Nevertheless, retiring Rep. Dan Burton (R-Ind.) acknowledged that anytime a Speaker oversees a losing year, there might be pressure to step aside or shake up the leadership team.
Burton is in a unique position to judge Boehner’s standing. As one of former Speaker Newt Gingrich’s (Ga.) closest allies, he bore personal witness to the Speaker’s demise in 1998, when Republicans lost five seats but retained their majority. Within three days of the elections, Gingrich resigned.
“Well I’ve been there when they went after Newt. I was one of Newt’s lieutenants, and he had me count votes for him the day that he went down the tubes. And I called him up and I says, ‘You don’t have 218,’” Burton said.
“There was silence on the phone. He said, ‘What do you mean?’ I said, ‘Well there’s probably 15 or 20 guys that aren’t going to vote for you, so you’re not going to get 218,’” Burton continued.
To be sure, there are significant differences between Boehner and Gingrich — in July 1997 Gingrich faced a failed coup attempt, and his bombastic personality had long been seen as a liability to the party.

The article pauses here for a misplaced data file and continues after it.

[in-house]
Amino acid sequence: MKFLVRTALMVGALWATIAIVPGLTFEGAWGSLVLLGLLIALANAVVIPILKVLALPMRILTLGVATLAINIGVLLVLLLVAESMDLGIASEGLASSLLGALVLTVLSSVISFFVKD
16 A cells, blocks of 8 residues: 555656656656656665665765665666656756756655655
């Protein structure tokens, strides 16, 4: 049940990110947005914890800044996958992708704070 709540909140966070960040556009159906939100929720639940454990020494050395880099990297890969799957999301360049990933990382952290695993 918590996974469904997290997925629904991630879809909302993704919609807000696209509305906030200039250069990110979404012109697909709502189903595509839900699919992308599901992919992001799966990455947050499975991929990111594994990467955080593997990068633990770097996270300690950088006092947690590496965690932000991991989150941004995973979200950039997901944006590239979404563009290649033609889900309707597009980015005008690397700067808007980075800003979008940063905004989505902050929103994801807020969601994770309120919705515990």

Neither of those issues has been a problem for Boehner, who remains deeply popular within his Conference on a personal level. And aside from occasional ribbing for his penchant for crying, he has never been viewed as a public image liability.
“Boehner’s goal is to have a personal relationship with every House Republican Member. He is proud of the progress our team has made on the American people’s priorities at a time when Washington is still controlled by Democrats — and he’s eager to accomplish more,” Boehner spokesman Michael Steel said.
Indeed, sources close to Boehner said Gingrich’s rise and fall have served as a cautionary tale for Boehner, who as one source noted, “had a front row seat” during Gingrich’s fall from grace.
Still, Gingrich wasn’t forced out until the GOP suffered losses during the 1998 midterm elections. It was President Bill Clinton’s second midterm election, and opposition parties typically gain House seats during midterm elections.
“It does happen. But I think Boehner’s a pretty smart politician. And I think Cantor’s a smart politician. I think they’re both smart. And I don’t see, if we retain the House and things go fairly well, I don’t see a big change,” Burton said.
At least for now, even some of Boehner’s critics are discounting the prospect of a bad year.
“There’s a frustration with this president and his policies. I think it’s going to be a good year for Republicans,” Republican Study Committee Chairman Jim Jordan (Ohio) said.
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